From Birmingham to Graceland

The End

On Thursday, April 14th, we woke up in the State of Alabama, drove through the State of Mississippi, stopped in a corner of the State of Tennessee, crossed the Mississippi River into the State of Arkansas, then followed the river to a Drury in Missouri.

Highlight of the five state day was the mansion of Elvis Presley at Graceland in Memphis.

Although billed as a mansion, it seemed a manageable place for a normal family to reside. 

On our self-guided tour, we were each given iPads and earphones through which we saw and heard much more than the physical space and sounds.

Graceland came alive through the music and voice of Elvis.

We heard interviews with him that revealed him to be a family man.

Home furnishings are frozen in time, from the 1960’s and 1970’s.  I saw some décor from my own time in the 1970’s when Allan and I built our home in Victoria.

For example, Elvis and Priscilla Presley had harvest gold kitchen appliances, tube TV’s, a large microwave oven sitting angled in the corner on the kitchen counter, and, as you’ll see, green shag carpet.

But the similarities stop there.  Elvis liked to watch three TV’s at one time. 

Each room had its own air conditioning.

Folds and folds of fabric covered the ceilings, walls, and furniture in the Pool Table Room.

The green shag was in the Jungle Room.

Elvis loved horses and so they’re still kept at Graceland.

Elvis had enough gold records to fill a hall all by himself.

The photo on the bottom right is Elvis’ mother.  He loved his parents and provided for them as his priority when he had the means.  Elvis and Priscilla had a private suite at the Graceland mansion for his parents, whom he invited to move there from the very modest family home down the road in Tupelo.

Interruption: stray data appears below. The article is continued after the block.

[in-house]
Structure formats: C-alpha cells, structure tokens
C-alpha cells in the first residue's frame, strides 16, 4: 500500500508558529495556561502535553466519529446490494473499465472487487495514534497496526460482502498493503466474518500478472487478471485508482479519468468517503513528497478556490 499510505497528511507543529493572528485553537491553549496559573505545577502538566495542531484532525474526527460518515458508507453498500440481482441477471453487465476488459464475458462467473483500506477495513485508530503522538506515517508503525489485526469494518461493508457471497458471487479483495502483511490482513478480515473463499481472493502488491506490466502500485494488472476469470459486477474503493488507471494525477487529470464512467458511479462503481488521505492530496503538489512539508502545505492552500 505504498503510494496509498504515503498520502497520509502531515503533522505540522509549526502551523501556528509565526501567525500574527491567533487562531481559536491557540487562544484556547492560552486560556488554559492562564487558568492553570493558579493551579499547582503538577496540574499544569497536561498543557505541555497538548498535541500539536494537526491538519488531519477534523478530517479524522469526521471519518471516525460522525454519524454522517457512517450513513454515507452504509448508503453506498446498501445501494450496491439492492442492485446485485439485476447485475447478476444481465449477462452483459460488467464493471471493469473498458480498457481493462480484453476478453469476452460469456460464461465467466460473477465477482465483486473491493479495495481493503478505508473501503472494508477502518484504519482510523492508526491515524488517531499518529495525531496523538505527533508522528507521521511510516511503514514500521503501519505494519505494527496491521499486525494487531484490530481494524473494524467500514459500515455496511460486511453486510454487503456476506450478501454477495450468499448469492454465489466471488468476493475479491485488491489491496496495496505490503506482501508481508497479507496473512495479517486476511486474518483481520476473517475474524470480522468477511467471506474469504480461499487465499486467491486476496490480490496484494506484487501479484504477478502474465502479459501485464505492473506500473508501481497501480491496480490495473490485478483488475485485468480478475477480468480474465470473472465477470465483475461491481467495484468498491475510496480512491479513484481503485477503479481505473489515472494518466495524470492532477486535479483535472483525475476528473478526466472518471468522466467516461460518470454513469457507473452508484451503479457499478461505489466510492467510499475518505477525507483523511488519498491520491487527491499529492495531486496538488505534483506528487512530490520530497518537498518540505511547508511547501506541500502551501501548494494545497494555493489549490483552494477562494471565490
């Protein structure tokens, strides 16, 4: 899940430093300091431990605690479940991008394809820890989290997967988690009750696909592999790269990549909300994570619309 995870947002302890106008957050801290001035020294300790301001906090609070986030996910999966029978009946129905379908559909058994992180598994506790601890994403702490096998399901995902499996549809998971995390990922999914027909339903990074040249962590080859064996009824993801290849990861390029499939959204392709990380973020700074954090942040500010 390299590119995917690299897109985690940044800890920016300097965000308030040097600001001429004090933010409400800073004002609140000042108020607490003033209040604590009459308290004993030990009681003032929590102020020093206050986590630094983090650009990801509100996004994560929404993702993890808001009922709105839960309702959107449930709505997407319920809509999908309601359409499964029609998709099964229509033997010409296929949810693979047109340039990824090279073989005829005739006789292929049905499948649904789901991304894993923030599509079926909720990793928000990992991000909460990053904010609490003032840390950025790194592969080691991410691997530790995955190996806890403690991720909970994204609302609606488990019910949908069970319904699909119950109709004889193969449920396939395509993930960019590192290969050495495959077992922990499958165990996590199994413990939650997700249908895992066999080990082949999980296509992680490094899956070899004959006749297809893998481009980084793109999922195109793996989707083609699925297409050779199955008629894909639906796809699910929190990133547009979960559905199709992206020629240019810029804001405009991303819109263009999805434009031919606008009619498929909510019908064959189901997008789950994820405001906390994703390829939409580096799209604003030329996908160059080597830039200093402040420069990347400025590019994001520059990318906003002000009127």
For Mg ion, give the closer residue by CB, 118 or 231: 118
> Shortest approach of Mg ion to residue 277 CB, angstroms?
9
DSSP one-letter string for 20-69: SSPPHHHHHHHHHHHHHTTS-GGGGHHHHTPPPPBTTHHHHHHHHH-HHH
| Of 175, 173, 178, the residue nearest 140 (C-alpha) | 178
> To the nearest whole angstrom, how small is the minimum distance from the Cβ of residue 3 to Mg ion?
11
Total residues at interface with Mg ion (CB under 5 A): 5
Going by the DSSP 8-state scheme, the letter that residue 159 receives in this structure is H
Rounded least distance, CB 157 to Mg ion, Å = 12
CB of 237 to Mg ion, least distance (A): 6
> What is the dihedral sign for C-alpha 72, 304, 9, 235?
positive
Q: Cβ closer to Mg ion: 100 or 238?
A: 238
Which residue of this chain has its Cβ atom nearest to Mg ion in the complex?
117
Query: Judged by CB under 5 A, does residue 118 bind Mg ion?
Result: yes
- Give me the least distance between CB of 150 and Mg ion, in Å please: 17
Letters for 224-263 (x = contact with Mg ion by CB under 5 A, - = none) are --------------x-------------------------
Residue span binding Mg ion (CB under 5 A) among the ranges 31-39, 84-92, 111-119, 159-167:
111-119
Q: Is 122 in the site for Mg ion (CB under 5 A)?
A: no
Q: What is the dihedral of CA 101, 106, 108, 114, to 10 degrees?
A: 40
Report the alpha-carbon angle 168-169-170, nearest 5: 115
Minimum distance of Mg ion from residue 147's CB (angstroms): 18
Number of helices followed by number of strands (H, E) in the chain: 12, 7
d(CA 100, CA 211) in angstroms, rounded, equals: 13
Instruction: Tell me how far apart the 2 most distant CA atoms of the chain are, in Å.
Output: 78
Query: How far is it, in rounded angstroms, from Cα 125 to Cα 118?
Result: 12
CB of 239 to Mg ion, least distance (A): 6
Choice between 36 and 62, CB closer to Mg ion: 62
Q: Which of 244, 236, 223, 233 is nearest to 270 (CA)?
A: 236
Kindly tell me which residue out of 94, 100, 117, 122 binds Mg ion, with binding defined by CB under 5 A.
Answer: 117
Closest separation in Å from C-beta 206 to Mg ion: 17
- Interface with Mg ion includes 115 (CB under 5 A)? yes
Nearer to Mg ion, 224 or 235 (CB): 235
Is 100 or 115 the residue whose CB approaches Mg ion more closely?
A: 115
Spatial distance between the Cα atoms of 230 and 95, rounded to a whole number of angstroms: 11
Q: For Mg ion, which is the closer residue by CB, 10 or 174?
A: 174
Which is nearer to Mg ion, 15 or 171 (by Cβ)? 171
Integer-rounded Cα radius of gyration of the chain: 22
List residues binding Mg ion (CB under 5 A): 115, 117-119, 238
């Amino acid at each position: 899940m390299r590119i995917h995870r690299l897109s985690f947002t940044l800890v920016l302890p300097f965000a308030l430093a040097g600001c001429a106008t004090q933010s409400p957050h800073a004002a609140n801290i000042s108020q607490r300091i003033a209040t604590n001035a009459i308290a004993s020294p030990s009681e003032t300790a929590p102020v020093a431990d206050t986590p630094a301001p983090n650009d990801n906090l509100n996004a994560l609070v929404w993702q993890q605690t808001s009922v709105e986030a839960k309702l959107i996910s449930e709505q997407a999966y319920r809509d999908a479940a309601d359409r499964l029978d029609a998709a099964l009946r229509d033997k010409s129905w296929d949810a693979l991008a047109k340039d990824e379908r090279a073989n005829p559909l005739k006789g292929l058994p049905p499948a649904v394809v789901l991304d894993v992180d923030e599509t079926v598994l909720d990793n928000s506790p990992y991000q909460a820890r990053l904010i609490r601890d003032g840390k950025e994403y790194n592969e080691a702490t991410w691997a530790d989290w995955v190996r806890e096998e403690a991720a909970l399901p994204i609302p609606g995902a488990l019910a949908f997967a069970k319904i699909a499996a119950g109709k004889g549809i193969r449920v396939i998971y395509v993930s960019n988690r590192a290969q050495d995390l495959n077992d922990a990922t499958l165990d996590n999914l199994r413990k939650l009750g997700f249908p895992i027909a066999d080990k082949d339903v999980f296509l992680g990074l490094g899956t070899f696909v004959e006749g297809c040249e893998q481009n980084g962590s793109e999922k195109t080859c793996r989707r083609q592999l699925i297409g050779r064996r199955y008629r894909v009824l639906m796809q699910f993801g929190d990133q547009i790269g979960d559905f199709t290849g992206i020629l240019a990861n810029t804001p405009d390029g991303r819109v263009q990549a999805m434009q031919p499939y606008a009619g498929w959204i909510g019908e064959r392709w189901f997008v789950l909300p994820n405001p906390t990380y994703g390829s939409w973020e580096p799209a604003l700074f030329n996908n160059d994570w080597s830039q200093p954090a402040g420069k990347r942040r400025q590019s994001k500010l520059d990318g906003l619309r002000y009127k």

This console television set was a gift from RCA to Elvis for the sale of 500 million records between the years of 1956 and 1960.

I couldn’t get over the color of the azaleas.

This is the final resting place for Elvis, his parents, and his paternal grandmother.  There’s also a marker for Carter Presley here, Elvis’ twin who was stillborn.

Across the street (which happens to be named Elvis Presley Boulevard) is his Automobile Museum.  We didn’t feel like paying or taking the time to go through it.  After all, we have several Classic Car Nights every summer at home in Victoria.

It was time to head north, and we took a different route but still ran into erector set bridges.

We got as far as Mason City, Iowa, which is centered on the Winnebago River.  Mason City has many restaurants, hotels, and big box stores.  It is most likely a shopping hub in that rural state.  We were back home in Victoria by noon on Saturday, April 16th.  It was a good road trip that included many late greats as well as living stars.